I will have the house to myself today while mi novia trots off to a day-long reiki course. My deep skepticism about the legitimacy of such approaches to healing has been tempered. In particular, this approach, which is based on ancient Tibetan Buddhist teachings, seems to have a degree of validity. Both my limited personal experience and the recognition by the Cleveland Clinic that the practice has merit have mitigated my doubts. The Cleveland Clinic, in discussing the potential benefits of reiki, refers to several studies summarized on the National Library of Medicine’s website. From a personal standpoint, during a brief demonstration in which I was a recipient of the practice, I felt the energy/heat from a practitioner’s hands as she gently touched my shoulders. While the energy may well have been simply the body heat of her hands, its intensity surprised me. It felt soothing; I liked it quite a lot. According to the Cleveland Clinic’s website, “Mikao Usui developed reiki in the early 1900s, deriving the term from the Japanese words rei, meaning ‘universal,’ and ki, which refers to the vital life force energy that flows through all living things.” The Cleveland Clinic calls reiki “an energy healing technique that promotes relaxation, reduces stress and anxiety through gentle touch.” While I have been an adamant disbeliever in things I call woo-woo practices my entire life, I am slowly coming to the conclusion that my lack of understanding of the mechanisms of such mysterious processes does not necessarily negate their potential value. Though I am by no means an ardent proponent of reiki (yet), my mind is now far more open to such stuff than it has been heretofore. If a reiki practitioner can, through touch, dramatically reduce my shoulder pain, I just might enthusiastically embrace the practice. With that result, I would happily discard my core skepticism. If nothing else, I like being touched. That does not make me a deviant…a pervert…a degenerate freak…does it?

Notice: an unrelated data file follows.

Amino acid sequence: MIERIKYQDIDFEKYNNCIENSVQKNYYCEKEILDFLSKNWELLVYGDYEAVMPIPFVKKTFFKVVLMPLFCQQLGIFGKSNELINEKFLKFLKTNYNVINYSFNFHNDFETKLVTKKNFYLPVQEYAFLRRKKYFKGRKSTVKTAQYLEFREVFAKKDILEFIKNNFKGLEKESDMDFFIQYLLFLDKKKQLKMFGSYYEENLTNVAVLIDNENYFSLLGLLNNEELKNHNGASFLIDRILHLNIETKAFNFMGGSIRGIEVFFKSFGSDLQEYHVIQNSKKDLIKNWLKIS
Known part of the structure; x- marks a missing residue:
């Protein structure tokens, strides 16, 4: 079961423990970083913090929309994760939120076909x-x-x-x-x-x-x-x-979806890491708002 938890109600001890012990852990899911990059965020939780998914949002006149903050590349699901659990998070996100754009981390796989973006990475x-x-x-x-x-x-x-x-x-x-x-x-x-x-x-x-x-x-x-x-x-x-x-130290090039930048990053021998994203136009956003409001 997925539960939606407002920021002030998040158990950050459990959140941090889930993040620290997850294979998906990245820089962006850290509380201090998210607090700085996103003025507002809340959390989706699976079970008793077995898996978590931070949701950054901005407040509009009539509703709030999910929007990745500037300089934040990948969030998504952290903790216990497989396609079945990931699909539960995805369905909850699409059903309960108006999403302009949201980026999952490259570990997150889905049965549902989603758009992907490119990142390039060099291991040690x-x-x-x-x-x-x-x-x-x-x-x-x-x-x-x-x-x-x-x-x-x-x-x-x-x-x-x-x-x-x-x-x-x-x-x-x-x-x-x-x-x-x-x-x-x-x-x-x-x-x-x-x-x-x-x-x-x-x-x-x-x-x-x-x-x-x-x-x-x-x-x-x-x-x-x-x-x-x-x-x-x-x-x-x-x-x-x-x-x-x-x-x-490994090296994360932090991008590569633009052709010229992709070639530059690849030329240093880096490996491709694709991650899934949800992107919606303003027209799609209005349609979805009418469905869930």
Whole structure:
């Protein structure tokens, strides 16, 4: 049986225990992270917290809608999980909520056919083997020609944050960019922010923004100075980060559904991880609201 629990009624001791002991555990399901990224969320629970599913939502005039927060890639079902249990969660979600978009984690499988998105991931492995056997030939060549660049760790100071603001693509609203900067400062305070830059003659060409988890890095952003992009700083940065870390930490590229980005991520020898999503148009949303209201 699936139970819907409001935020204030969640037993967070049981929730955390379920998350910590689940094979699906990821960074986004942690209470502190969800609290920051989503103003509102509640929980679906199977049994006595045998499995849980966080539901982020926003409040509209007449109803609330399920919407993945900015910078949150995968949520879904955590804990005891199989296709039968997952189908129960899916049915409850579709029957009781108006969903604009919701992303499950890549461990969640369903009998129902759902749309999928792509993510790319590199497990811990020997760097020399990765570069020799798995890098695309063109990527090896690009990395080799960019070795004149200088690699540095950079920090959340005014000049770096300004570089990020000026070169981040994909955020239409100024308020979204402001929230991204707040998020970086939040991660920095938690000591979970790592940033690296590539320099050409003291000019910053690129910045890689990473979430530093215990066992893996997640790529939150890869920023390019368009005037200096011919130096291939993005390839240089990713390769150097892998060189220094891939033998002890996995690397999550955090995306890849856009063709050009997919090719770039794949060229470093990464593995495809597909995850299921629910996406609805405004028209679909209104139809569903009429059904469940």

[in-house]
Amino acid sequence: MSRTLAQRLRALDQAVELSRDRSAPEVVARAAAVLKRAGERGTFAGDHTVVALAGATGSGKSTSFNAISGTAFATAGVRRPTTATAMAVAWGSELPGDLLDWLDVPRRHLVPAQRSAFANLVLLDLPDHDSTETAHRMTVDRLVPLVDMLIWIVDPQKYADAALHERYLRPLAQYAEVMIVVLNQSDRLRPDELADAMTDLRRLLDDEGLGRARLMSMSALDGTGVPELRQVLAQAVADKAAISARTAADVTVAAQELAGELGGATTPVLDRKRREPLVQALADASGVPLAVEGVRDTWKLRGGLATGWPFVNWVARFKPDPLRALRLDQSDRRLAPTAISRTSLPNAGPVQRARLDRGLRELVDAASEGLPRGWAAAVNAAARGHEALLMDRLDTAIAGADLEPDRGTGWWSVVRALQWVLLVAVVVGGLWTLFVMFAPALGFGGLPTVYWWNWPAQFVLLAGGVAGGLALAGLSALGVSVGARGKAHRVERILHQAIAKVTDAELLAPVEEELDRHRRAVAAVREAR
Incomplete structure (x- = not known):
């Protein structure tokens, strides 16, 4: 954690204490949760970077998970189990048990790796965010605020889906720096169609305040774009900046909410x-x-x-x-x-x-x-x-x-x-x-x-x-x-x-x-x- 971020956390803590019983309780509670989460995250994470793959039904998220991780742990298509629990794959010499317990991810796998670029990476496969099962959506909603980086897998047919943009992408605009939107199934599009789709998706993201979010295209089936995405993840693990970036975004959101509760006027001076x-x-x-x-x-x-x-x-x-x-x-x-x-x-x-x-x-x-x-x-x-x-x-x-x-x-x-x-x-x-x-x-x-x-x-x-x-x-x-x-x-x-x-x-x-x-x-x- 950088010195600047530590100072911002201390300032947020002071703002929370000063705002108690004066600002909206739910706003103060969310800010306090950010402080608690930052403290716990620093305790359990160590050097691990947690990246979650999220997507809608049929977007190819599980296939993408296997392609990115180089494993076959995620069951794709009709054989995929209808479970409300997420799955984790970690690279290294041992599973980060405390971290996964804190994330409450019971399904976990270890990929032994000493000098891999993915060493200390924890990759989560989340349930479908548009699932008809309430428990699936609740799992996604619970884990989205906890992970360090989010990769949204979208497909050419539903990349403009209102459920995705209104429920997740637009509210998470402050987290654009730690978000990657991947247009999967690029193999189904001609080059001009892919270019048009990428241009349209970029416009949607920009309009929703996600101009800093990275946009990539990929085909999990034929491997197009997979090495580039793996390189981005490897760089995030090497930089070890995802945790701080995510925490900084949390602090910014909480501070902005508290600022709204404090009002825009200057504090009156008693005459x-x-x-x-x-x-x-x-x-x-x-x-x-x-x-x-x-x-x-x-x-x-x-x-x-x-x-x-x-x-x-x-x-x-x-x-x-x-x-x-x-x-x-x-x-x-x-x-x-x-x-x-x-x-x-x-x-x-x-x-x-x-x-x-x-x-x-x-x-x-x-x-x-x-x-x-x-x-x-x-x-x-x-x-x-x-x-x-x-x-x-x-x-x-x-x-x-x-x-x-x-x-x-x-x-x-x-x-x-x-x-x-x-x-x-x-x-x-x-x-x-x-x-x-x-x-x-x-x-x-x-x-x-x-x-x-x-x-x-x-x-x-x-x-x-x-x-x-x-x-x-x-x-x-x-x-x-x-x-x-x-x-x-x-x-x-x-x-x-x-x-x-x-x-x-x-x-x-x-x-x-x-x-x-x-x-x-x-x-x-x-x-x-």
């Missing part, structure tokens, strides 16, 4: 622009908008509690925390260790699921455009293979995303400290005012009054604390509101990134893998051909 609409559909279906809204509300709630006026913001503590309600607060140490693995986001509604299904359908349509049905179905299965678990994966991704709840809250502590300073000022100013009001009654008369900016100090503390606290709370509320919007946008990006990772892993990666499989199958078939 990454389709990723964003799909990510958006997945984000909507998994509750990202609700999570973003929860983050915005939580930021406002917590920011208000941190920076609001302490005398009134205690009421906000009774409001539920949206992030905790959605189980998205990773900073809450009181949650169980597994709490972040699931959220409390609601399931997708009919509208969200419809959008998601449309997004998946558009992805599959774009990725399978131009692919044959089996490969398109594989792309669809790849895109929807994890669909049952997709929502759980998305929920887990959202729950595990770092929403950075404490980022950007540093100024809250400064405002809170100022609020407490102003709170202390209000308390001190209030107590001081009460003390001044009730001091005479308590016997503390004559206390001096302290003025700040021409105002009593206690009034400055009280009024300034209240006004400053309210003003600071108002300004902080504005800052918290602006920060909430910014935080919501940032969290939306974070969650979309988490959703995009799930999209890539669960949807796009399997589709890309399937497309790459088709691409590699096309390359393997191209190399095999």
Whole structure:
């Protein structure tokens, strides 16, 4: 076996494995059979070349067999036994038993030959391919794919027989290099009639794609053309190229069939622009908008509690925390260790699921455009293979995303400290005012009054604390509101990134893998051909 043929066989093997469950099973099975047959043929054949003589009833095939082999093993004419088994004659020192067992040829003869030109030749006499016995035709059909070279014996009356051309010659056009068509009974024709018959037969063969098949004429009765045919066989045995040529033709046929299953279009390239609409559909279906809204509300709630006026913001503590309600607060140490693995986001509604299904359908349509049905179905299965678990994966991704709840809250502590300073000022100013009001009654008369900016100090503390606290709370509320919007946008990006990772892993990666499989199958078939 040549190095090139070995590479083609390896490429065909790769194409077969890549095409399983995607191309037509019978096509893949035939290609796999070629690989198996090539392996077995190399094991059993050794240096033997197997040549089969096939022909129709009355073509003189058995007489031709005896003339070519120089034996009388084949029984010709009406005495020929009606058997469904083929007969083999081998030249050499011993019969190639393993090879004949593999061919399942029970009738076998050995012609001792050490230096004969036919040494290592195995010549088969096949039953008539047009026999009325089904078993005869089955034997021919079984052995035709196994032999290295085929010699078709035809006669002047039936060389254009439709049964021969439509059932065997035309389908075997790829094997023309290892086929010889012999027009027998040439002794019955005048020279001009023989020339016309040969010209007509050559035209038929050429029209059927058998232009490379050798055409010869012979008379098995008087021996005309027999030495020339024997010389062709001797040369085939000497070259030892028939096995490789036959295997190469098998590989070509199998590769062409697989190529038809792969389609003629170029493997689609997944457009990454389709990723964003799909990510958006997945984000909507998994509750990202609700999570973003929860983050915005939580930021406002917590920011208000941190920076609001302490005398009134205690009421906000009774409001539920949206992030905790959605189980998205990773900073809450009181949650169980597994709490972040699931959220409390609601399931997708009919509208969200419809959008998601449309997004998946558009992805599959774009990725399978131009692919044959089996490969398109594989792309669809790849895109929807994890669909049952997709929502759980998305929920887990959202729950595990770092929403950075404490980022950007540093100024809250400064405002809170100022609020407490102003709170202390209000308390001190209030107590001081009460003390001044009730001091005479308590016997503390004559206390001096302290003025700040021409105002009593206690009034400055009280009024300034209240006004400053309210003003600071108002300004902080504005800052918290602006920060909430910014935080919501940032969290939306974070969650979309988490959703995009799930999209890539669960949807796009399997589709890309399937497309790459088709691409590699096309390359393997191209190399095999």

At the touch of love everyone becomes a poet.
~ Plato ~